Adri Nieuwhof, The Electronic Intifada, 3 August 2009
A woman with the Code Pink anti-war group protests against Ahava in Tel Aviv, June 2009. (ActiveStills)
Israel enjoys free trade of industrial goods with Europe under the Association Agreement it signed with the European Union in 2000. Yakov Ellis, chief executive officer of the Israeli cosmetics company Ahava, told the BBC radio program Today on 5 November 2008 that his company has benefitted from the free trade with the EU. Ahava owns stores in London and Berlin, and signed a contract in 2008 with the leading French perfumery chain Sephora, which has stores all over Europe, North America, Asia and the Middle East.
Ahava manufactures its cosmetics in the occupied West Bank, using minerals from the Dead Sea. The company's skin care products are imported into the EU as originating from "The Dead Sea, Israel." Israeli products originating in the West Bank are not supposed to benefit from the duty-free import to the EU.
Ahava is firmly rooted in the settlements of Mitzpe Shalem and Kaliya in the occupied West Bank. The kibbutzes of the two settlements own 34 percent and six percent of the shares of Ahava, respectively. Both Mitzpe Shalem and Kaliya are close to the shores of the Dead Sea, exploiting it for tourism.
Although one-third of the western shore of the Dead Sea lies in the occupied West Bank, Israel has closed off the entire shore of the Dead Sea and its resources to Palestinians in the West Bank. Kaliya was established as a military outpost shortly after the 1967 war in which Israeli forces occupied the West Bank (including East Jerusalem) and the Gaza Strip, along with Egypt's Sinai peninsula and Syria's Golan Heights.
According to the Israeli Coalition of Women for Peace, Ahava manufactures its products in the Ahava Dead Sea cosmetic factory in Mitzpe Shalem settlement. The company also runs a visitors center for tourists in the same settlement. In its authoritative ruling in 2004, the International Court of Justice reaffirmed the illegality of settlement construction, which includes the construction of industrial sites in the settlements. Ahava's factory and tourist visitors center exist therefore in violation of international law.
Ahava CEO Ellis told the BBC that his company can circumvent the rule that products from the Occupied Palestinian Territories are excluded from the duty-free import to Europe, because Ahava maintains its offices near Tel Aviv, in Israel. However, the EU rules of origin of product refer to the place where the product, or most of it, was manufactured, not to the place where a company's offices are based.
Despite this subterfuge, Ahava is bound to pay import taxes to EU countries. British customs officials expressed to the BBC their strong concerns that Israeli-produced goods made in settlements in the occupied West Bank may be circumventing import taxes en-route to British high streets.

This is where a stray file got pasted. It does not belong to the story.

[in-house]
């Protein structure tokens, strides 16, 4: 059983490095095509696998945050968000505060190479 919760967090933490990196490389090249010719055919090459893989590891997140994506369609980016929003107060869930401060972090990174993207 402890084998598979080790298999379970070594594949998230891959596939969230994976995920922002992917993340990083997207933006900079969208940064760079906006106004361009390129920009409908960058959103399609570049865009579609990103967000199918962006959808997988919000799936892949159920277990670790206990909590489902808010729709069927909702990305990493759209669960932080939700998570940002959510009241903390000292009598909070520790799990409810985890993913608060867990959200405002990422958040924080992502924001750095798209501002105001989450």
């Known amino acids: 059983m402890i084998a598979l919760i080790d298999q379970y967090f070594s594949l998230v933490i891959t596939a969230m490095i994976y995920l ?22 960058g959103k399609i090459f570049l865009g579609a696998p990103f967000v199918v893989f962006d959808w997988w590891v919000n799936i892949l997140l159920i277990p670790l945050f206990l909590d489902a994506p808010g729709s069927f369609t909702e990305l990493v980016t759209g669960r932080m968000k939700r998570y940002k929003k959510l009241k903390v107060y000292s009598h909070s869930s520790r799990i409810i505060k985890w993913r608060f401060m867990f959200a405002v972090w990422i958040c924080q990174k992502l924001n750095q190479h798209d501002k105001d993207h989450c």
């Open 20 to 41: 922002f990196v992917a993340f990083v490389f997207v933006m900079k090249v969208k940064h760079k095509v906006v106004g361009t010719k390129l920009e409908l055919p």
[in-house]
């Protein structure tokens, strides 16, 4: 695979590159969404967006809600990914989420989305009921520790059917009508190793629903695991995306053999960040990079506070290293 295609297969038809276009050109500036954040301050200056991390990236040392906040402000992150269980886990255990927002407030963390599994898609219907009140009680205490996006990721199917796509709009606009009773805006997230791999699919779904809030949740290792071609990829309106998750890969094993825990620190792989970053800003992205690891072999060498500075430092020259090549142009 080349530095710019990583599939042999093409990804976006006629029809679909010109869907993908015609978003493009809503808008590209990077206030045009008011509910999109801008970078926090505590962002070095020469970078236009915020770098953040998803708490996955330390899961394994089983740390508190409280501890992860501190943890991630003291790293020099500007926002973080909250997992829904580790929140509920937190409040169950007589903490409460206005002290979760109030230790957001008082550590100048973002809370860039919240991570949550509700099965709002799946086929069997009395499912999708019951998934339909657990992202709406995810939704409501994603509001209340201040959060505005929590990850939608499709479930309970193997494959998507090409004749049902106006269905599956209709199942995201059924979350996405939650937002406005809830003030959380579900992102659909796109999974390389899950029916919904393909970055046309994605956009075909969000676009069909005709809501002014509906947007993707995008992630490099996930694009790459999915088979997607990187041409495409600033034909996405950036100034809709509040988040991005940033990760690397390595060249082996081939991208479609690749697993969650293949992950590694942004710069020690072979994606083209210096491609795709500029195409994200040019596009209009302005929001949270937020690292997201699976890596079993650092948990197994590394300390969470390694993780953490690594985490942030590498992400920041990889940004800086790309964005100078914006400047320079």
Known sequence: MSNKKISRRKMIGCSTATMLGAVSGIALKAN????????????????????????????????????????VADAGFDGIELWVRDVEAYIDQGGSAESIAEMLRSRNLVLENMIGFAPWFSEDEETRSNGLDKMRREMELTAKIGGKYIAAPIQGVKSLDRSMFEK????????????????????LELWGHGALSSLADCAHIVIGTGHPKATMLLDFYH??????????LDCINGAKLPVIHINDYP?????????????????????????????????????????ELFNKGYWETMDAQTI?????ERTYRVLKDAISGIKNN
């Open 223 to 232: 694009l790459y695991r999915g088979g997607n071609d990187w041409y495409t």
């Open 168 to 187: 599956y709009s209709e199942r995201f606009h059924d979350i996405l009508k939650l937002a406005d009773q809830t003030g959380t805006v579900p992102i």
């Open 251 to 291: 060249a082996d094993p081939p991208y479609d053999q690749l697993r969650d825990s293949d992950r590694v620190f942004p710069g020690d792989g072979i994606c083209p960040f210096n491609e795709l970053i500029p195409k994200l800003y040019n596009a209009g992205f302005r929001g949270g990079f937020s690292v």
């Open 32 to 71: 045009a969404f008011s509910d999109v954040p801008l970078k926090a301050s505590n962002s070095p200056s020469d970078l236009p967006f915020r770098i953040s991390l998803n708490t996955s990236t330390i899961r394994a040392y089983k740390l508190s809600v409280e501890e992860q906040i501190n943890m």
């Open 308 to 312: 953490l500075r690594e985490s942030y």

It is not clear if and how EU member states police the free trade agreement. If the practice in the UK is common in EU countries, the situation is disturbing.
UK Member of Parliament from the governing Labor Party, Dr. Phyllis Starkey, raised questions on the issue to Business Minister Stephen Timms on 17 November 2008. Timms replied that more than 75,000 consignments from Israel entered the UK annually from February 2005 until January 2008. During this period, Israeli exporters were bound to indicate the place of production on the proof of origin documents.
Timms made clear that he was not aware of any investigations by the European Commission to determine whether Israeli importers are applying the rules with regard to goods being charged at the correct duty. Timms explained that in the three-year period, HM Revenue and Customs, the UK's customs and tax department, had raised 21 requests for information with the Israeli customs authorities to find out if the products originated from within Israel or from Israeli settlements in occupied territories. Thirteen requests were answered, and it turned out that six consignments originated from the Israeli settlements. Although the Israeli exporters had violated the rules, no fines were issued.
Ahava is actively promoting export of its cosmetics. Already sales in 25 countries account for about 50 percent the company's business. Customers around the world should be informed about Ahava's strong ties with illegal settlements in the occupied West Bank. Despite this, as well as the fact that the company uses Dead Sea minerals while Israel blocks Palestinians' access to their own Dead Sea shores, activists in France and the United States have recently launched campaigns against the sales of Ahava cosmetics.
Last week a "bikini brigade" of Code Pink, the American anti-war movement, protested in the nation's capitol near cosmetic stores with their bodies smeared with mud, underscoring the slogan that "Ahava is dirty business." Meanwhile in France, on 17 July a group of 30 women women paid a visit to Sephora comestics shop on the Champs Élysées in Paris to protest the sale of Ahava products, calling on the public to support the protest by sending messages to Sephora.
Adri Nieuwhof is a consultant and human rights advocate based in Switzerland.